Study says women are better at crowdfunding

A woman uses her Apple iPhone while waiting to cross 5th Avenue in New York, September 20, 2012. Apple's iPhone 5 goes on sale tomorrow as Apple works to increase it's market share in the mobile phone market. REUTERS/Lucas Jackson

Women around the world are less likely than men to tap the crowd online for money to fund their businesses and projects, but when they do they are likely to be more successful than their male counterparts, according to a new study.

Consultancy firm PwC, together with The Crowdfunding Center, analyzed 450,000 crowdfunding campaigns across the globe over the past two years and found that those led by women were 32 percent more successful at reaching their target than those carried out by men.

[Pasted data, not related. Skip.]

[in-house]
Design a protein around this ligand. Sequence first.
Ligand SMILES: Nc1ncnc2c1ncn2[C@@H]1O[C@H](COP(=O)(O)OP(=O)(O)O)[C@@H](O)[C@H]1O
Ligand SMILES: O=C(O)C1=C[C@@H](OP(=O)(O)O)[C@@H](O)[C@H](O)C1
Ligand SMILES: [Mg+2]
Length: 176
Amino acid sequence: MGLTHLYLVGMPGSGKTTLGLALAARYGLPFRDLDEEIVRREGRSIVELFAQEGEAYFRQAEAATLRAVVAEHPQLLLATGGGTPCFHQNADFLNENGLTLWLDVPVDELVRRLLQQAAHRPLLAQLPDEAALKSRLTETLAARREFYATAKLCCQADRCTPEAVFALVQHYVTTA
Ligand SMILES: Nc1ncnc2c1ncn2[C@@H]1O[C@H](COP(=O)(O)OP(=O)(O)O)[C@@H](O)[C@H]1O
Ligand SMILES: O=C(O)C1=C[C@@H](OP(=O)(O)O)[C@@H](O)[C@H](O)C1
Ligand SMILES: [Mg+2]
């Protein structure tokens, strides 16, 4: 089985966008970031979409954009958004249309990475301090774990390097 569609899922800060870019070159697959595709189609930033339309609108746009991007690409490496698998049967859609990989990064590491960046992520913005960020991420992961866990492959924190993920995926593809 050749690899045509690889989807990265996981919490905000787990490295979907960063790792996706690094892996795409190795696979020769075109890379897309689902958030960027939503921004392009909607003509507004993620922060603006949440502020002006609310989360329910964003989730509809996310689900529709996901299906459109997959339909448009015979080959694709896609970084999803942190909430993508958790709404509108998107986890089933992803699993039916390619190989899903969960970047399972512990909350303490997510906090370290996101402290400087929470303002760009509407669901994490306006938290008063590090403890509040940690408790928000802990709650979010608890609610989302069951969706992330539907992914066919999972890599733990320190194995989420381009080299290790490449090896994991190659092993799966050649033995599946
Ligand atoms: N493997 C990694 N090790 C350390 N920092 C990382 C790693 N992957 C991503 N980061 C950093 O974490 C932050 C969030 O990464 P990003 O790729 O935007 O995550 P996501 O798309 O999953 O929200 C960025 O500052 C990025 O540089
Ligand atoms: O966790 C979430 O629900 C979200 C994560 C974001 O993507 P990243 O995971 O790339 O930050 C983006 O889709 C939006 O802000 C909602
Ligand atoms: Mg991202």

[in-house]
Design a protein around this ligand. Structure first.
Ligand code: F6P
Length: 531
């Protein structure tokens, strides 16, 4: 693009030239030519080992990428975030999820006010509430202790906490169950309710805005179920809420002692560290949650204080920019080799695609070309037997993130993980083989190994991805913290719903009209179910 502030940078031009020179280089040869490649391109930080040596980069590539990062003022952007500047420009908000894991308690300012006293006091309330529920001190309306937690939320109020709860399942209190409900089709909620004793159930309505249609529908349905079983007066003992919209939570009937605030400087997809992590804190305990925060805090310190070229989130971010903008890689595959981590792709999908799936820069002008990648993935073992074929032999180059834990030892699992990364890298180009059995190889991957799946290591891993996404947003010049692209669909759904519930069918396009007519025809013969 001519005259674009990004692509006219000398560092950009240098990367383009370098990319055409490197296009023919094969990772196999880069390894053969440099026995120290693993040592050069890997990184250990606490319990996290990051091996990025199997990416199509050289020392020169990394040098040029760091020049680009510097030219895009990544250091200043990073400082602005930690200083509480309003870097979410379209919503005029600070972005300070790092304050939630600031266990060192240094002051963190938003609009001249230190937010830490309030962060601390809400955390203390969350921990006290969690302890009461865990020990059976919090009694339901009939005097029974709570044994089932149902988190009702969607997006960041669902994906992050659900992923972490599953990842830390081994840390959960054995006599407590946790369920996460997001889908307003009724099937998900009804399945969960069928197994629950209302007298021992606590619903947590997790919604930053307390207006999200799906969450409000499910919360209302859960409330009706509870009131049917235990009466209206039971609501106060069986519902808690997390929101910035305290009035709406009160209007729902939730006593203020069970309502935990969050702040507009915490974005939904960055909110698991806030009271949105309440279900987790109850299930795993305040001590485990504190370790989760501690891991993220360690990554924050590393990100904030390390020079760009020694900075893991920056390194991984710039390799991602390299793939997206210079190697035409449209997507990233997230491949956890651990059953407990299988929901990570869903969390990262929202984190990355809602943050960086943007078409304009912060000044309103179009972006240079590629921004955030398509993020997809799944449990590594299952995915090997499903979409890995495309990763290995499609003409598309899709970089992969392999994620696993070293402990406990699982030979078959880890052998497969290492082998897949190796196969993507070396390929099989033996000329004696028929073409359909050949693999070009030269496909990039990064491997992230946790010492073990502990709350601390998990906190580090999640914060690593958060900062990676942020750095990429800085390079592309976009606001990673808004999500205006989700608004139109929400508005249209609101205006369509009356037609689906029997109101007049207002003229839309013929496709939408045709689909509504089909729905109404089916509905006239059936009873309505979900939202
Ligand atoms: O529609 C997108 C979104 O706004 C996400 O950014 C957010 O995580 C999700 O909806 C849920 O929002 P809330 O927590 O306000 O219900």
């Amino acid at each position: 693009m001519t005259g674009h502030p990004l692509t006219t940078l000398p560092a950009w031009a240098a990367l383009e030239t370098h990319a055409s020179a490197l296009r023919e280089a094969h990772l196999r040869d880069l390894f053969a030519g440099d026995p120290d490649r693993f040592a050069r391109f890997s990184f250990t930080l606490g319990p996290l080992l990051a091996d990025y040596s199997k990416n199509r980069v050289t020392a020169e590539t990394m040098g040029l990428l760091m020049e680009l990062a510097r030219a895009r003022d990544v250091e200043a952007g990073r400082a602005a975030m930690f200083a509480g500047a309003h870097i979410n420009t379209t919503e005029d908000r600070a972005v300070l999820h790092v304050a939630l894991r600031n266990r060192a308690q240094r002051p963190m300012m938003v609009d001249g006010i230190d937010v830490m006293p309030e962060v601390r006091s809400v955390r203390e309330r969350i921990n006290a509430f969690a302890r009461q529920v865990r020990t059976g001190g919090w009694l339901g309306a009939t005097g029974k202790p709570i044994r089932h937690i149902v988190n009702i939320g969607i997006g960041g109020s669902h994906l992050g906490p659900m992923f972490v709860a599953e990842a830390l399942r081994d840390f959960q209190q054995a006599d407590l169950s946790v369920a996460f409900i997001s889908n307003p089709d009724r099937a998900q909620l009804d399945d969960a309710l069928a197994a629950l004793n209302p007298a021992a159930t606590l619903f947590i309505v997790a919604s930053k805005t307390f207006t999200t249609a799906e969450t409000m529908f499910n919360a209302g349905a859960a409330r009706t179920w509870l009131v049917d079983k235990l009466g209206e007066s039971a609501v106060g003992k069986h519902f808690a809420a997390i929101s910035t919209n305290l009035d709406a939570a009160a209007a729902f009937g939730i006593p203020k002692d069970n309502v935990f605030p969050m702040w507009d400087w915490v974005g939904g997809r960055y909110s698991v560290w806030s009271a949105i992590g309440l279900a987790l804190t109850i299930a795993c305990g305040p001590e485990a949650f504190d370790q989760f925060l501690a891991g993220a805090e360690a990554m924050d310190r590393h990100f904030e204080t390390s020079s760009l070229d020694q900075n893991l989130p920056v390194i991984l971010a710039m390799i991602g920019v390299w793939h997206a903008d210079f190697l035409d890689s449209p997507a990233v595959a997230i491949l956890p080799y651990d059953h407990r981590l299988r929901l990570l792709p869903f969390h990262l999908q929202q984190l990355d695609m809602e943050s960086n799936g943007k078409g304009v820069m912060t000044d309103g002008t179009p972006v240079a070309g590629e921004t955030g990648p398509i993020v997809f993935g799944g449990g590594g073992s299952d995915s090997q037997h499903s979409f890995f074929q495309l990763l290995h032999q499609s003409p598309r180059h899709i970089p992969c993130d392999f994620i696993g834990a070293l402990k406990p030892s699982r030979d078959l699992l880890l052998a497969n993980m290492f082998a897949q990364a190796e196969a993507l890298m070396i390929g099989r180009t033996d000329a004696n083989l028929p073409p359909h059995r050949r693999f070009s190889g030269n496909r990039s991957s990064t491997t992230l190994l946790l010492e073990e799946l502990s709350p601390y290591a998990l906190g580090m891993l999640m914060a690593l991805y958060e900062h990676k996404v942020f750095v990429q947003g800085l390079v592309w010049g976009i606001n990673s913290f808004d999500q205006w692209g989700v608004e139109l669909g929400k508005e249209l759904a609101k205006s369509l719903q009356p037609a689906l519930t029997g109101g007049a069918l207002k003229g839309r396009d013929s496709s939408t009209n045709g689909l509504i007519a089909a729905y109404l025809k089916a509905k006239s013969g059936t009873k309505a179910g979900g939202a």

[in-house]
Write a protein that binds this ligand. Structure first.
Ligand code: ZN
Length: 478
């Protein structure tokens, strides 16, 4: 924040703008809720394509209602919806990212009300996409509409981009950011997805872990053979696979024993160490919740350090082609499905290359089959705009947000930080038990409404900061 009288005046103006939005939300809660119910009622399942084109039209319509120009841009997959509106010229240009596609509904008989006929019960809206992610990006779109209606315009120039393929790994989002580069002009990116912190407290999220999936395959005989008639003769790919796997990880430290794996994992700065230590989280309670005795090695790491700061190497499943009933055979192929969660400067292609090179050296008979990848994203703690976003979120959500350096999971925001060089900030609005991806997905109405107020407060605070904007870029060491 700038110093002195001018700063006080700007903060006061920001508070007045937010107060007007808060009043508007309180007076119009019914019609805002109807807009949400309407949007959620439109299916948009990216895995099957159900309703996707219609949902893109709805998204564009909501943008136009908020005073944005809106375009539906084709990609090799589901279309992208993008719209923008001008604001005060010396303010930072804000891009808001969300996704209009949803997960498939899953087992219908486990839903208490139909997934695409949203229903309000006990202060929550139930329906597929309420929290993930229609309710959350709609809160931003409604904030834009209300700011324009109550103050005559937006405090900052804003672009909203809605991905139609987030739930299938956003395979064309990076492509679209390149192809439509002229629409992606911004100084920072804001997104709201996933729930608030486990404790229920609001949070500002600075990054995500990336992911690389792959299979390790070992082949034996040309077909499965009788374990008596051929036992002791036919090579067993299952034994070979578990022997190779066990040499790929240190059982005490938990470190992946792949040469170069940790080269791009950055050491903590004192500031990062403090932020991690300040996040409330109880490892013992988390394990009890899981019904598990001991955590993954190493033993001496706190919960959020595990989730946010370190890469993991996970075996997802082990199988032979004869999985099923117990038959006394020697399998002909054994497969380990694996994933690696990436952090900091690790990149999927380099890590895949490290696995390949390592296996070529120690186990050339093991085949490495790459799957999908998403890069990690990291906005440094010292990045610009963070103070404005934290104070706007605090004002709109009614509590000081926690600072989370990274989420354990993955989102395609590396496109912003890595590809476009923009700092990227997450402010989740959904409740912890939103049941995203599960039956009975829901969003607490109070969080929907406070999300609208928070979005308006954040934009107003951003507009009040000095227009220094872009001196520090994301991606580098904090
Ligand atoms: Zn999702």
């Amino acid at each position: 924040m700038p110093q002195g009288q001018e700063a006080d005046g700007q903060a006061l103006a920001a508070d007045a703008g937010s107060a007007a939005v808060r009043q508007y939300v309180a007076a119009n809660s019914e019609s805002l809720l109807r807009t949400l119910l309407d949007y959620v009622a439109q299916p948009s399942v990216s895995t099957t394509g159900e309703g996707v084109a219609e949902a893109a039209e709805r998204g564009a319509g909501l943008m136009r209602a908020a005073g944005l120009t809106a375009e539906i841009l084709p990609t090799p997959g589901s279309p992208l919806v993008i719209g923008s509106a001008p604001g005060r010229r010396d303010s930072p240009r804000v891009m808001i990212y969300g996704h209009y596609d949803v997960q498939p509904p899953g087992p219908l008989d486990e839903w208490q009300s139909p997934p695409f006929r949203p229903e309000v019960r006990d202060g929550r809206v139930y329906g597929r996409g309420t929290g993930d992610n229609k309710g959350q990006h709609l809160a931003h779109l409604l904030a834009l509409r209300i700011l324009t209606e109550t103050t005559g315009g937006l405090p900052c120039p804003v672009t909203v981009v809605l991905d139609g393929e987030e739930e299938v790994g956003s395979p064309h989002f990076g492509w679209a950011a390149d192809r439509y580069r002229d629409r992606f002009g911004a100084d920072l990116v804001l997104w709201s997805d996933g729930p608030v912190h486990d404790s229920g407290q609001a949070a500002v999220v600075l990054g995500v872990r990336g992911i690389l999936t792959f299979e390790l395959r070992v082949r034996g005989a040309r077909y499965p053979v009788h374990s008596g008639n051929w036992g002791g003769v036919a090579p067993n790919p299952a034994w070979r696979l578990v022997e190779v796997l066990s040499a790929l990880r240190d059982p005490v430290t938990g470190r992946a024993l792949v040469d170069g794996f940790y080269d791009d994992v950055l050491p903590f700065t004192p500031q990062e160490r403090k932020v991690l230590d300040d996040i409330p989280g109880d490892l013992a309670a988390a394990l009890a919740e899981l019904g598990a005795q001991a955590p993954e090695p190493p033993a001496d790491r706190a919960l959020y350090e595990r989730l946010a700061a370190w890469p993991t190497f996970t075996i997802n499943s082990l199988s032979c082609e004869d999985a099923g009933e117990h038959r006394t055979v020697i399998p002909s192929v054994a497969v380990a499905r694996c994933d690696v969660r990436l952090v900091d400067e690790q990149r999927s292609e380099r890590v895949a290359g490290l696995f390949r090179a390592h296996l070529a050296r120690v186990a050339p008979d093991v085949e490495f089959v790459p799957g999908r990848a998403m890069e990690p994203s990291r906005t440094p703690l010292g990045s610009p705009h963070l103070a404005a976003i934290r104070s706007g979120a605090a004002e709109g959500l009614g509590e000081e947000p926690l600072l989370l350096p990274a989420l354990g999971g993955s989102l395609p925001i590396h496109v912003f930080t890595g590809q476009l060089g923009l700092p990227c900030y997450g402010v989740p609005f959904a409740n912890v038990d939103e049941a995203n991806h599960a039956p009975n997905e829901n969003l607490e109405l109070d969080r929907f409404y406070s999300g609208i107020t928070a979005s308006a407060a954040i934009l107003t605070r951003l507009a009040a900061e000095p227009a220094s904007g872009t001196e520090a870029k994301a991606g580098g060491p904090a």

The results of the study, which were published on Thursday, also found that female-led projects are able to attract an average $87 pledge per funder, while men received $83 on average.

The results are in contrast to more established and off-line funding mechanisms for startups such as venture capital, where women have been traditionally underserved, PwC said in the report.

Crowdfunding is a growing area of fintech where digital platforms allow individuals or businesses to collect money online to fund their activities, typically in exchange for a product, service or for a stake in the company or as a loan.

Crowdfunding and peer-to-peer lending startups include Kickstarter, Indiegogo, LendingClub and Seedrs.

The report suggests that the main reason why women tend to be better than men at crowdfunding is that the model itself attracts more women as backers than traditional venture capital. Just seven percent of partners of the top 100 venture firms globally are women, according to the study.